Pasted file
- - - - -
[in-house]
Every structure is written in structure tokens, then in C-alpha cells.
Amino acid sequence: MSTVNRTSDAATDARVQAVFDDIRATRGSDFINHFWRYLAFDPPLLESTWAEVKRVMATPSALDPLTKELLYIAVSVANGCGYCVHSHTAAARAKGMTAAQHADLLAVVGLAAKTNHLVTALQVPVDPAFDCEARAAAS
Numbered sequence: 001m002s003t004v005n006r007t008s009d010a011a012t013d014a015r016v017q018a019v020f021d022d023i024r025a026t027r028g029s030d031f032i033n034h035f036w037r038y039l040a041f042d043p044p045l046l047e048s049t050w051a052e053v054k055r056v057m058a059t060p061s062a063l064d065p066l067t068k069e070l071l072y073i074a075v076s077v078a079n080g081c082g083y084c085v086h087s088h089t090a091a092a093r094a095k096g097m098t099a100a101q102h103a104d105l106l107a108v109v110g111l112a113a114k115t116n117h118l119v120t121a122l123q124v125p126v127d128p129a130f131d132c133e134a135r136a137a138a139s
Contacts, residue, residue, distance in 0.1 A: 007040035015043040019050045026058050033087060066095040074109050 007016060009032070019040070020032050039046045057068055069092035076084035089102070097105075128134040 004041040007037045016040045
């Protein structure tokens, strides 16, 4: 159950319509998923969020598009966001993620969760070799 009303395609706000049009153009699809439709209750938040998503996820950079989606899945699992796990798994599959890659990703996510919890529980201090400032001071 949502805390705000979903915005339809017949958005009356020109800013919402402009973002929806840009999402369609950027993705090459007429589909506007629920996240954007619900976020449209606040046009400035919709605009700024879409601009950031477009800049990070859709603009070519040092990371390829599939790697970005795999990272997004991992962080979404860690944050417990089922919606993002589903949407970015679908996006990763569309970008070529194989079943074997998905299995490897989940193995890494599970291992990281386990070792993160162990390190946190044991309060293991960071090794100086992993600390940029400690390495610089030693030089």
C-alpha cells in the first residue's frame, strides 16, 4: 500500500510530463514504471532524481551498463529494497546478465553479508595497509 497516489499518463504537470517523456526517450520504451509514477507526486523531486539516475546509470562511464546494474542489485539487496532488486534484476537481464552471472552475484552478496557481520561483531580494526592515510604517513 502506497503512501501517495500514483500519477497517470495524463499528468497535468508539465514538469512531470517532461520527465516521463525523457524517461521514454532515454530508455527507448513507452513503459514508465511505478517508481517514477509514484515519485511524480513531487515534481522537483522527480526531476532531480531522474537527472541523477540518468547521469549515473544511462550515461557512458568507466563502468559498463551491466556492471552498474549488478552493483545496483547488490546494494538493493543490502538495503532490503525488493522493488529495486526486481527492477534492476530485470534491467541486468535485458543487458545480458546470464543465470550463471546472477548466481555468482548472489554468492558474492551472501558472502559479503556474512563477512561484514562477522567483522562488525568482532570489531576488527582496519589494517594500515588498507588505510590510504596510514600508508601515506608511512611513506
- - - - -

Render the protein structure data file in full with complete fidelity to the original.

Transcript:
[in-house]
Every structure is written in structure tokens, then in C-alpha cells.
Amino acid sequence: MSTVNRTSDAATDARVQAVFDDIRATRGSDFINHFWRYLAFDPPLLESTWAEVKRVMATPSALDPLTKELLYIAVSVANGCGYCVHSHTAAARAKGMTAAQHADLLAVVGLAAKTNHLVTALQVPVDPAFDCEARAAAS
Numbered sequence: 001m002s003t004v005n006r007t008s009d010a011a012t013d014a015r016v017q018a019v020f021d022d023i024r025a026t027r028g029s030d031f032i033n034h035f036w037r038y039l040a041f042d043p044p045l046l047e048s049t050w051a052e053v054k055r056v057m058a059t060p061s062a063l064d065p066l067t068k069e070l071l072y073i074a075v076s077v078a079n080g081c082g083y084c085v086h087s088h089t090a091a092a093r094a095k096g097m098t099a100a101q102h103a104d105l106l107a108v109v110g111l112a113a114k115t116n117h118l119v120t121a122l123q124v125p126v127d128p129a130f131d132c133e134a135r136a137a138a139s
Contacts, residue, residue, distance in 0.1 A: 007040035015043040019050045026058050033087060066095040074109050 007016060009032070019040070020032050039046045057068055069092035076084035089102070097105075128134040 004041040007037045016040045
């Protein structure tokens, strides 16, 4: 159950319509998923969020598009966001993620969760070799 009303395609706000049009153009699809439709209750938040998503996820950079989606899945699992796990798994599959890659990703996510919890529980201090400032001071 949502805390705000979903915005339809017949958005009356020109800013919402402009973002929806840009999402369609950027993705090459007429589909506007629920996240954007619900976020449209606040046009400035919709605009700024879409601009950031477009800049990070859709603009070519040092990371390829599939790697970005795999990272997004991992962080979404860690944050417990089922919606993002589903949407970015679908996006990763569309970008070529194989079943074997998905299995490897989940193995890494599970291992990281386990070792993160162990390190946190044991309060293991960071090794100086992993600390940029400690390495610089030693030089």
C-alpha cells in the first residue's frame, strides 16, 4: 500500500510530463514504471532524481551498463529494497546478465553479508595497509 497516489499518463504537470517523456526517450520504451509514477507526486523531486539516475546509470562511464546494474542489485539487496532488486534484476537481464552471472552475484552478496557481520561483531580494526592515510604517513 502506497503512501501517495500514483500519477497517470495524463499528468497535468508539465514538469512531470517532461520527465516521463525523457524517461521514454532515454530508455527507448513507452513503459514508465511505478517508481517514477509514484515519485511524480513531487515534481522537483522527480526531476532531480531522474537527472541523477540518468547521469549515473544511462550515461557512458568507466563502468559498463551491466556492471552498474549488478552493483545496483547488490546494494538493493543490502538495503532490503525488493522493488529495486526486481527492477534492476530485470534491467541486468535485458543487458545480458546470464543465470550463471546472477548466481555468482548472489554468492558474492551472501558472502559479503556474512563477512561484514562477522567483522562488525568482532570489531576488527582496519589494517594500515588498507588505510590510504596510514600508508601515506608511512611513506